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Desert Sculptures

August 27, 1989

by Henry J. Morro

\o7 We go back to the desert and I lay my head on my mother's stomach and listen to the place where I began, when she carried me on legs that opened and burned rocks in the desert, legs balanced on swollen feet across a cracked earth.

I listen to the water beneath those feet, the water lost by bareback mothers, the water slashed from yucca roots.

I split a cactus and pour the juice on my mother's feet. As she curls up in the sand, together we watch our skin perspire.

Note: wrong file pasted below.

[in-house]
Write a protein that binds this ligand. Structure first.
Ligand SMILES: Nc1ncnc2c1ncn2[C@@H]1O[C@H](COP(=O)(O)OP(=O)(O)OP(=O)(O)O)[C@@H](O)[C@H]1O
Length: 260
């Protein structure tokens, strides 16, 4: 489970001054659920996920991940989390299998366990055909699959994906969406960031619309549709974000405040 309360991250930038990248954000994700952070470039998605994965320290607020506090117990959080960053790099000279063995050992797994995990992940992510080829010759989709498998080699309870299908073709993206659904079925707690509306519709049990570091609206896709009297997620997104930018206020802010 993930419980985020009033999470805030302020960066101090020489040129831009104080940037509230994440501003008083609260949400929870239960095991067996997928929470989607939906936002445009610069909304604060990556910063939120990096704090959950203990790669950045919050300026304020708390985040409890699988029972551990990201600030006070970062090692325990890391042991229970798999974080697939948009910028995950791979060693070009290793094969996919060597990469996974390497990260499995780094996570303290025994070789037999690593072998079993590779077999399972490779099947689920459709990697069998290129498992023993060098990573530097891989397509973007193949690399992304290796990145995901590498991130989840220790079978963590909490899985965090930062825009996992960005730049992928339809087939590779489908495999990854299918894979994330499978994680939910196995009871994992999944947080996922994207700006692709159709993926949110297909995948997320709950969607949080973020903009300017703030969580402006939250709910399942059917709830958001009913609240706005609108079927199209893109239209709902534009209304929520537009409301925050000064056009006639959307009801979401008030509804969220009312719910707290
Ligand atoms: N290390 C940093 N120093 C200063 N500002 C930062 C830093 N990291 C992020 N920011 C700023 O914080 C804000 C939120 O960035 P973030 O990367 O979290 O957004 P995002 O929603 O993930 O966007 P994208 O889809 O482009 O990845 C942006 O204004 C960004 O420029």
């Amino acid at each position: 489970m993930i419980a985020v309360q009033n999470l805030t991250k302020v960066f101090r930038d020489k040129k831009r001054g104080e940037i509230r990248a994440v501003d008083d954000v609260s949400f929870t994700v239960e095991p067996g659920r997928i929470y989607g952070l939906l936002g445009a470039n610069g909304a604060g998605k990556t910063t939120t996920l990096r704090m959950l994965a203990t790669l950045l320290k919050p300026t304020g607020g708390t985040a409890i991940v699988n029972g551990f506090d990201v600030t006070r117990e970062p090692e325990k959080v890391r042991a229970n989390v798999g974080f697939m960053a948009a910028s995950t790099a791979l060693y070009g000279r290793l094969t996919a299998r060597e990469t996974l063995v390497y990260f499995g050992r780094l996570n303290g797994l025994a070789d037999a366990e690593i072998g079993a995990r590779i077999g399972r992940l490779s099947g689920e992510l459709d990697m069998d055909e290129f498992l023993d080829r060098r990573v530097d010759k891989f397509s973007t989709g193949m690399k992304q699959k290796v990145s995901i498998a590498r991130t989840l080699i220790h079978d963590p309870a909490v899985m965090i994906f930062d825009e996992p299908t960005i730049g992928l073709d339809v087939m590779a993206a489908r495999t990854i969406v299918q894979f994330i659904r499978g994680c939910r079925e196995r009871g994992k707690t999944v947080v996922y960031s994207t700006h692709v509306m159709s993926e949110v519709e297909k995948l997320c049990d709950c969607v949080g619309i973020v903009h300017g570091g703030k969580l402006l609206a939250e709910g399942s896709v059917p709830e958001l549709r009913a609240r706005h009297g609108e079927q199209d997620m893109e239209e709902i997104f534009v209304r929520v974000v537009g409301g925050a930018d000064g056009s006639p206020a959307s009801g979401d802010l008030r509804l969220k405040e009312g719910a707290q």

We become darker, our bellies soft like lizards, our fingers digging into the sand, waiting for the sun to go down.

We lie in pools of sweat, our water returning to the desert beginning the erosion of another canyon, our sweat carving the earth. From Michelle T. Clinton, Sesshu Foster, Naomi Quinonez, editors "Invocation LA.: Urban Multicultural Poetry" (West End Press, Box 27334, Albuquerque, N.M. 87125: $8.95, paper; 129 pp.). Henry J. Morro is an associate editor of Blue Window, a poetry magazine. 1989 West End Press. Reprinted by permission.

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